Identifying the main family caregiver for a patient can sometimes be challenging. In times of illness many family and friends rally to the patient’s side, but identifying who will be the primary support is not always easy. Once identified there is seldom much opportunity to sit down and assess what the caregiver will need to fulfil their new role. Providers pointed to this challenge repeatedly in our engagement with them. For family caregivers, this lack of identification and assessment meant they constantly had to stake a claim for information and other needs.
Communication between family caregivers and providers across health care settings was a major and overlapping theme. Serious challenges were identified by family caregivers in terms of lack of information and difficulty in navigating a large and multi-faceted health system. Providers remarked that system and funding barriers also hampered communication, not only with family caregivers, but with fellow providers. In every engagement session, communication ran through discussions and various reflections as a common thread and was identified by participants as an area for immediate action.
Lastly, both family caregivers and providers recognize the need for better supports such as skills training, coping mechanisms, and respite. Simply needing “a break” was top of mind for many family caregivers, as was a request to have contact with consistent home care staff. Providers also recognized that transitions between care settings could be unorganized causing problems and frustration, signalling another area for increased support and communication.
At The Change Foundation, we’ll continue to engage with all health care stakeholders to evolve our system. Over the summer we are developing new funding opportunities and partnerships for organizations interested in working differently with family members to improve the patient and caregiver experience. We are excited to see where patients, families, and providers can work together to make change happen.
Herklots, H. (April 27 2016). Caregivers: Lessons from the UK, Opportunities for Ontario (presentation). Toronto, ON Canada.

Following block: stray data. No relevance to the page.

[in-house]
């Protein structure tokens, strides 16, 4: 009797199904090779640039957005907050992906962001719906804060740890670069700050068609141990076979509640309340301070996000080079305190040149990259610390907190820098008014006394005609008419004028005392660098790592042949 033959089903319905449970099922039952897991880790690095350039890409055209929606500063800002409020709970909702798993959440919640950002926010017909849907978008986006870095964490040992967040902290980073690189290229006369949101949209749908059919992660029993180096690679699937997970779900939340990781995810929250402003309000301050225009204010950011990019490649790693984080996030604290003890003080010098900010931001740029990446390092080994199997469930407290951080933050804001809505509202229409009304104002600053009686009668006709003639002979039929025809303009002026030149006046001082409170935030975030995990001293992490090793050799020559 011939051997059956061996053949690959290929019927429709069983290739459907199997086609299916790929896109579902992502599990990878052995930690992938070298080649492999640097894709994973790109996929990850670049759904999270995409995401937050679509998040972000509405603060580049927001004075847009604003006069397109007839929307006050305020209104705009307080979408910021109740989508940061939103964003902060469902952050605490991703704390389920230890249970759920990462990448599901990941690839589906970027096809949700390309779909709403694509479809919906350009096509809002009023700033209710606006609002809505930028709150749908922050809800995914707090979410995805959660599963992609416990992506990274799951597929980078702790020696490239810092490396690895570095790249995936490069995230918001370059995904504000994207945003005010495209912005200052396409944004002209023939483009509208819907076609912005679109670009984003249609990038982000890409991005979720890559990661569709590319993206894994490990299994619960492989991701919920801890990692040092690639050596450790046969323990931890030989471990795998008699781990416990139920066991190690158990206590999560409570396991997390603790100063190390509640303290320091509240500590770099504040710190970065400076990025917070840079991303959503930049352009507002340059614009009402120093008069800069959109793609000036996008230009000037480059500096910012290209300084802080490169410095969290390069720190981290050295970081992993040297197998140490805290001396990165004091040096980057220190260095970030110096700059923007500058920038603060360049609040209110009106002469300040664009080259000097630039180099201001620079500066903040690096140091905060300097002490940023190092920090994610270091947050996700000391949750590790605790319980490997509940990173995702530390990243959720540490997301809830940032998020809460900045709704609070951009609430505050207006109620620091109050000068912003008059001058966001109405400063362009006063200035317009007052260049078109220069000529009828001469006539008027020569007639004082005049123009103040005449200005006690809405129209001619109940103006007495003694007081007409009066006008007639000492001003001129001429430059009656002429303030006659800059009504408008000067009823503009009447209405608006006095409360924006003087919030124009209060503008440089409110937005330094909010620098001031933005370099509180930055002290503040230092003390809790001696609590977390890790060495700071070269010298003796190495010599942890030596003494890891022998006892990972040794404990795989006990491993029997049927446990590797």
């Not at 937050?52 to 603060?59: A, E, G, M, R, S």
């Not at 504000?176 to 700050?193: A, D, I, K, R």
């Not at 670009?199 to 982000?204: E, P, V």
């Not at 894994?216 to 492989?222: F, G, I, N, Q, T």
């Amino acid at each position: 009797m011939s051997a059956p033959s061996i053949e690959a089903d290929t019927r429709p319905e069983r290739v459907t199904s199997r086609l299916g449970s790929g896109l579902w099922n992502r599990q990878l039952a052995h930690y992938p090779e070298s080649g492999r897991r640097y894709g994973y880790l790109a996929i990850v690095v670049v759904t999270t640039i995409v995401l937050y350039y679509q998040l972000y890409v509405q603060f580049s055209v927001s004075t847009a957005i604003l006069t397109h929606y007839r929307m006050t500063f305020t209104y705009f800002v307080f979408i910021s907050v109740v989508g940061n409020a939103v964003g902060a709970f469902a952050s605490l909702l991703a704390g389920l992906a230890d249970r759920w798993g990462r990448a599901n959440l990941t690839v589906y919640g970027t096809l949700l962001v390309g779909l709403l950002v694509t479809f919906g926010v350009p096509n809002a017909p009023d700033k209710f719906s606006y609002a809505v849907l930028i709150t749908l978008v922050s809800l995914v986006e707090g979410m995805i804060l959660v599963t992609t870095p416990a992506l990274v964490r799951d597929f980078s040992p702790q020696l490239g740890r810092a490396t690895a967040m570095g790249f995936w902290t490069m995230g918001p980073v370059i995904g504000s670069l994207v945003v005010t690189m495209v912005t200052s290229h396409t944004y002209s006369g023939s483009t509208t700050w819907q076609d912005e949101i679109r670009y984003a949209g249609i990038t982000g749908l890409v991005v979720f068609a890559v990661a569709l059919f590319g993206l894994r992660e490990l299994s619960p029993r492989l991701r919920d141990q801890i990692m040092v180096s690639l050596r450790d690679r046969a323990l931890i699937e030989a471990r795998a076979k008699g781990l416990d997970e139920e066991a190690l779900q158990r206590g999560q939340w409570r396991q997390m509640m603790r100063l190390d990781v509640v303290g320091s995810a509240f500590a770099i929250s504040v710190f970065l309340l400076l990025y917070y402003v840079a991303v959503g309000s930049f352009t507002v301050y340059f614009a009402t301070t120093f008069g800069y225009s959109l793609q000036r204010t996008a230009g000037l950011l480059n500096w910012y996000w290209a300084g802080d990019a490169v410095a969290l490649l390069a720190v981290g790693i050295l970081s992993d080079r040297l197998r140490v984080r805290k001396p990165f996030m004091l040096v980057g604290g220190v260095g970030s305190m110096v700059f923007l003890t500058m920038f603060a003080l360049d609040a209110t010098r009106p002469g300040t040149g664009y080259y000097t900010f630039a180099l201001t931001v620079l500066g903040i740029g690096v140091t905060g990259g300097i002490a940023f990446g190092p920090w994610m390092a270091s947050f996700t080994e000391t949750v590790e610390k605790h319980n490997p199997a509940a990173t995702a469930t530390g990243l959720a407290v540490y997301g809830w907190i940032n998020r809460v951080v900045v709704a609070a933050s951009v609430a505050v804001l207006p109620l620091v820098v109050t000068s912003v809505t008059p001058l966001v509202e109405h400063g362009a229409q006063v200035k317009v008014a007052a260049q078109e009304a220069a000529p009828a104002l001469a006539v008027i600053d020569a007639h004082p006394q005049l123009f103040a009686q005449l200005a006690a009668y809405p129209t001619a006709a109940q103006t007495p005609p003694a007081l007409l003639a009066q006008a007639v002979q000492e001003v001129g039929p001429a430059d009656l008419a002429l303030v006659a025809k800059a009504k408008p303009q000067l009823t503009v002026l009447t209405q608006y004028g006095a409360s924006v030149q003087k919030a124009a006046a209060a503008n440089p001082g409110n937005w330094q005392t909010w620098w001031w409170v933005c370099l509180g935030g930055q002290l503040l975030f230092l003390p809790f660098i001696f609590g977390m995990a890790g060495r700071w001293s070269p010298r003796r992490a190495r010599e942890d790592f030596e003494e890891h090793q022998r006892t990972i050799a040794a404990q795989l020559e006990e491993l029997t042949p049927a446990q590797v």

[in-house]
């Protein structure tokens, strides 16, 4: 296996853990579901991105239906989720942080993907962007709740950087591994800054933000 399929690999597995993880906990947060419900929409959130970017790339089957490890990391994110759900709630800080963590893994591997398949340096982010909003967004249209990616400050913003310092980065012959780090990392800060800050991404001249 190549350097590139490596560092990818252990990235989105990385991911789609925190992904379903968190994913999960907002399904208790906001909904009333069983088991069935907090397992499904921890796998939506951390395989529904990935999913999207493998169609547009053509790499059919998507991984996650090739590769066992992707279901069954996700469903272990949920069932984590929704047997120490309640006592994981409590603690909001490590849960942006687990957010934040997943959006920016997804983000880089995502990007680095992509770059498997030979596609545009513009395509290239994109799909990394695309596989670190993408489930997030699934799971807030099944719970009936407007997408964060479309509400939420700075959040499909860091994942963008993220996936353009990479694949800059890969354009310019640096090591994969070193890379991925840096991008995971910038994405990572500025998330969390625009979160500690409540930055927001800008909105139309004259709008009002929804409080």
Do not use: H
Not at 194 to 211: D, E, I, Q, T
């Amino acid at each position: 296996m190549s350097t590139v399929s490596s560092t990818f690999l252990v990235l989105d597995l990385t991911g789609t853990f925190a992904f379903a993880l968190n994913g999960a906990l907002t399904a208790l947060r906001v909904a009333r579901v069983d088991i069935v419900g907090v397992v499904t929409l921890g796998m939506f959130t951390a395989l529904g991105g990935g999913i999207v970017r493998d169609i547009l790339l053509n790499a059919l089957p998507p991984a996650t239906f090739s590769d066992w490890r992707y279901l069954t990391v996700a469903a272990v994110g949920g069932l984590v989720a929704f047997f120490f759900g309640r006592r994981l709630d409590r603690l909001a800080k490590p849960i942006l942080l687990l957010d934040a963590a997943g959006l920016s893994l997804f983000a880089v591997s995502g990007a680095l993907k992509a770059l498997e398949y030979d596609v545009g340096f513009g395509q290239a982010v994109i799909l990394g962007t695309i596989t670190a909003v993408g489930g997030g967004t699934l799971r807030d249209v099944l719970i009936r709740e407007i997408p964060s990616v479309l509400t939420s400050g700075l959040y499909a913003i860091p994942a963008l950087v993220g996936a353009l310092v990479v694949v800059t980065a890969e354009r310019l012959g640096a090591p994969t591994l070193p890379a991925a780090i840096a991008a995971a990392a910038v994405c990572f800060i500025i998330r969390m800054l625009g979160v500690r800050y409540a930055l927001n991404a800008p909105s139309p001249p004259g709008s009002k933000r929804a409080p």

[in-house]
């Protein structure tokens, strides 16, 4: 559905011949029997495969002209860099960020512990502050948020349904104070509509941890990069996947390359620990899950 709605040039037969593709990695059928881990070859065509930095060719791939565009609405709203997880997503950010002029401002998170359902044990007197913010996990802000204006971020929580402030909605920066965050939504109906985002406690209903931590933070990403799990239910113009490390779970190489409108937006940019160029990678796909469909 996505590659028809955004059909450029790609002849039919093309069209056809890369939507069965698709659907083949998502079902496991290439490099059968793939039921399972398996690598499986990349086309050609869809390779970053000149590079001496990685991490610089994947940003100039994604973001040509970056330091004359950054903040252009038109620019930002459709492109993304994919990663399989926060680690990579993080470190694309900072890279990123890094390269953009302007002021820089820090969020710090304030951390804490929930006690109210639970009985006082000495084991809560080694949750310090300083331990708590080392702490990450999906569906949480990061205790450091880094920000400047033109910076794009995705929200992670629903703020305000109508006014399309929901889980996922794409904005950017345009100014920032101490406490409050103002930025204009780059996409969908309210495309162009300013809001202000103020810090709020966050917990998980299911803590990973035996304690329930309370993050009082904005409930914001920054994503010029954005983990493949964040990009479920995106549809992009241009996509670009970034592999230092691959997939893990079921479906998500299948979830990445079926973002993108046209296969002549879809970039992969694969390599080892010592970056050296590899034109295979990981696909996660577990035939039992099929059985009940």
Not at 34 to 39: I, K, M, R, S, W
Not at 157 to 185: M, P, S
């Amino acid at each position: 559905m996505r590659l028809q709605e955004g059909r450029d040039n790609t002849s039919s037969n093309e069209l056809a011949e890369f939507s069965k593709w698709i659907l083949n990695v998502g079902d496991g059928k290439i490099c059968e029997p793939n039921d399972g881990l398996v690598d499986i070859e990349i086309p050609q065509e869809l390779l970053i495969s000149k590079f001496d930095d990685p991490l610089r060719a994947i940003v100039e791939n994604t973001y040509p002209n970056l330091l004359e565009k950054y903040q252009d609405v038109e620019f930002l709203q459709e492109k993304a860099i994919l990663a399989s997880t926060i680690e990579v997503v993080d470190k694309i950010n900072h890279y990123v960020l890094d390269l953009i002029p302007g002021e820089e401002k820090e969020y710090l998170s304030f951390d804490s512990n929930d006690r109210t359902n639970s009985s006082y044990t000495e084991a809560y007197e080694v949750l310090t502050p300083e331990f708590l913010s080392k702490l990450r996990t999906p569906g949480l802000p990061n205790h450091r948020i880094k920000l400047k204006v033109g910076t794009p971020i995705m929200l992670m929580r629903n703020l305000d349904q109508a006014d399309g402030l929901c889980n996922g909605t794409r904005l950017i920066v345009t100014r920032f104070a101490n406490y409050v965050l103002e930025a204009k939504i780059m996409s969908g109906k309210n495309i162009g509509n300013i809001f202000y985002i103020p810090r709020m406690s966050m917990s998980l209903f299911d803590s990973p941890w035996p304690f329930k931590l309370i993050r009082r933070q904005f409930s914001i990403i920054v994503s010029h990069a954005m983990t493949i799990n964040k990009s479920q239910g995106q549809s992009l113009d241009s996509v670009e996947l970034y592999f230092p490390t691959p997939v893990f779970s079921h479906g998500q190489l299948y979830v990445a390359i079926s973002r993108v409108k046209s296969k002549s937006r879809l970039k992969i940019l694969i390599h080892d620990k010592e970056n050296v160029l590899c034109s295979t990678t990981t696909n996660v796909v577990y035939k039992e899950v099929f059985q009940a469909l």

Torjman, S. (2015). Policies in Support of Caregivers. Renewing Canada’s Social Architecture.
The Change Foundation. 2016. A Profile of Family Caregivers in Ontario.
Genevieve Obarski, Executive Lead Program Implementation & Catherine Monk-Saigal, Program Associate
As many of you know, The Change Foundation (TCF) and the Ontario Caregiver Coalition (OCC) spent much of January and February of this year travelling across the province to hear directly from family caregivers for The Caring Experience project. From Thunder Bay to London to Ottawa, we heard unique perspectives at eight different caregiver workshops.
However, as different as these stories were, all were connected to similar themes. Though we’ll be releasing a comprehensive report on our research and engagement work with family caregivers and health providers in the coming months, we wanted to take this opportunity to look back on some of our own personal reflections.
All eight caregiver workshops we held were emotional experiences. As some told their stories, they shed tears – others became frustrated, even angry. Regardless, it was clear to the TCF and OCC staff representing the project team at these workshops that caregiving takes a deep and varied emotional toll.
This might not come as a surprise. Family caregivers are often involved in providing very personal support. From preparing meals and helping with household chores, to assisting with medical tasks or advocating for someone in hospital, caregiving responsibilities can be stressful and some skills may require practice.
It should be noted, however, that caregiving can elicit tremendous personal strengths, and as seen in our feature with Katherine Arnup, it can intensify relationships between siblings, spouses, and friends. It was truly evident during these workshops that family caregivers are deeply dedicated to those they are supporting.
One of the things we heard over and over from family caregivers was the need for empathy and understanding, even dating back to our kick-off telephone town hall. Caregiving can be a unique experience, meaning that it can be hard for those who haven’t taken on such responsibility to fully understand the challenges faced by family caregivers.
However, what many family caregivers said they wanted was simple: more recognition, more empathy, more understanding. It became extremely clear to the project team that more time is needed to listen to family caregivers and provide whatever support we can, regardless of where we fit in the health and community care systems. For health providers, for example, this could mean simply asking how someone’s day is going, speaking directly into their eyes, or recognizing a family caregiver’s voice when making important care decisions. For friends and family of caregivers, this could be offering help, or even a cup of coffee and some time to talk things out. These gestures of goodwill can go a long way for family caregivers who may feel like they are falling through the cracks.